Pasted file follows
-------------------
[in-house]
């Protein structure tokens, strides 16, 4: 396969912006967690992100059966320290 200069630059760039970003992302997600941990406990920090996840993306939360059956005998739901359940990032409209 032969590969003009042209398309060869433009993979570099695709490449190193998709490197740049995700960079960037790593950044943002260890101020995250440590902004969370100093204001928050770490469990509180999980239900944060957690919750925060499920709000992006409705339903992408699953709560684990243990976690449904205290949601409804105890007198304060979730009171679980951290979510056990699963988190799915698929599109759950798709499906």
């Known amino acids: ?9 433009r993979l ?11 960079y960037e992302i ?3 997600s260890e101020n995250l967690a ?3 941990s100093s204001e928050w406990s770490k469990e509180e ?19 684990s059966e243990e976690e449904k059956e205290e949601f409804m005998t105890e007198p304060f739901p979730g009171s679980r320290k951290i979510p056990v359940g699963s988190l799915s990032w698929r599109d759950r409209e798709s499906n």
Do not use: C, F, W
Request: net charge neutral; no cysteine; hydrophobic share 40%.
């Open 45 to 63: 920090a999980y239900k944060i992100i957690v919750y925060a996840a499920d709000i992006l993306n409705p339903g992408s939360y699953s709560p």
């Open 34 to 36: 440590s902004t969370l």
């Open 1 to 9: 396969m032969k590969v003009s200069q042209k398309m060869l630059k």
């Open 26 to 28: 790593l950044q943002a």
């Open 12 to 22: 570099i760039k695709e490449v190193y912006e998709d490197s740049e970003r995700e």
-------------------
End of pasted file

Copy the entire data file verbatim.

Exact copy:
[in-house]
């Protein structure tokens, strides 16, 4: 396969912006967690992100059966320290 200069630059760039970003992302997600941990406990920090996840993306939360059956005998739901359940990032409209 032969590969003009042209398309060869433009993979570099695709490449190193998709490197740049995700960079960037790593950044943002260890101020995250440590902004969370100093204001928050770490469990509180999980239900944060957690919750925060499920709000992006409705339903992408699953709560684990243990976690449904205290949601409804105890007198304060979730009171679980951290979510056990699963988190799915698929599109759950798709499906």
């Known amino acids: ?9 433009r993979l ?11 960079y960037e992302i ?3 997600s260890e101020n995250l967690a ?3 941990s100093s204001e928050w406990s770490k469990e509180e ?19 684990s059966e243990e976690e449904k059956e205290e949601f409804m005998t105890e007198p304060f739901p979730g009171s679980r320290k951290i979510p056990v359940g699963s988190l799915s990032w698929r599109d759950r409209e798709s499906n």
Do not use: C, F, W
Request: net charge neutral; no cysteine; hydrophobic share 40%.
């Open 45 to 63: 920090a999980y239900k944060i992100i957690v919750y925060a996840a499920d709000i992006l993306n409705p339903g992408s939360y699953s709560p």
């Open 34 to 36: 440590s902004t969370l």
């Open 1 to 9: 396969m032969k590969v003009s200069q042209k398309m060869l630059k």
């Open 26 to 28: 790593l950044q943002a």
């Open 12 to 22: 570099i760039k695709e490449v190193y912006e998709d490197s740049e970003r995700e």